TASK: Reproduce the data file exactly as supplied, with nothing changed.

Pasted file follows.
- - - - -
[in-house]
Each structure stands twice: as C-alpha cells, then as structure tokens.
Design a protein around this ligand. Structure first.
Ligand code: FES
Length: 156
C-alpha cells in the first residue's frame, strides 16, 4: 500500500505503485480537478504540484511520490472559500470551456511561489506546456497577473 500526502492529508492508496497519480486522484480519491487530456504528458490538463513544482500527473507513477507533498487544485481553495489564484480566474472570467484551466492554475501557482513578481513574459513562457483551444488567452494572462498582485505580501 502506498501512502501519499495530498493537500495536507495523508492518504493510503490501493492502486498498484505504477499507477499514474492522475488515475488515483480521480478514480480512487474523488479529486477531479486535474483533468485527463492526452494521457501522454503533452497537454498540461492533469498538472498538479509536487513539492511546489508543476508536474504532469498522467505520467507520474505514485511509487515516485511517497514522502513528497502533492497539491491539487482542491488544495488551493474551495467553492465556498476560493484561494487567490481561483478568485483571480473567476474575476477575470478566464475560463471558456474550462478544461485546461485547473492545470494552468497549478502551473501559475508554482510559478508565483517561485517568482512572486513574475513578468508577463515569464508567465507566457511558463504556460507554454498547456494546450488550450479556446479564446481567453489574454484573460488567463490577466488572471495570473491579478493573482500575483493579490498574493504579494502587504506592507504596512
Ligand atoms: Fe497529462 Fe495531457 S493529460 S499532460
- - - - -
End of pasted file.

[in-house]
Each structure stands twice: as C-alpha cells, then as structure tokens.
Design a protein around this ligand. Structure first.
Ligand code: FES
Length: 156
C-alpha cells in the first residue's frame, strides 16, 4: 500500500505503485480537478504540484511520490472559500470551456511561489506546456497577473 500526502492529508492508496497519480486522484480519491487530456504528458490538463513544482500527473507513477507533498487544485481553495489564484480566474472570467484551466492554475501557482513578481513574459513562457483551444488567452494572462498582485505580501 502506498501512502501519499495530498493537500495536507495523508492518504493510503490501493492502486498498484505504477499507477499514474492522475488515475488515483480521480478514480480512487474523488479529486477531479486535474483533468485527463492526452494521457501522454503533452497537454498540461492533469498538472498538479509536487513539492511546489508543476508536474504532469498522467505520467507520474505514485511509487515516485511517497514522502513528497502533492497539491491539487482542491488544495488551493474551495467553492465556498476560493484561494487567490481561483478568485483571480473567476474575476477575470478566464475560463471558456474550462478544461485546461485547473492545470494552468497549478502551473501559475508554482510559478508565483517561485517568482512572486513574475513578468508577463515569464508567465507566457511558463504556460507554454498547456494546450488550450479556446479564446481567453489574454484573460488567463490577466488572471495570473491579478493573482500575483493579490498574493504579494502587504506592507504596512
Ligand atoms: Fe497529462 Fe495531457 S493529460 S499532460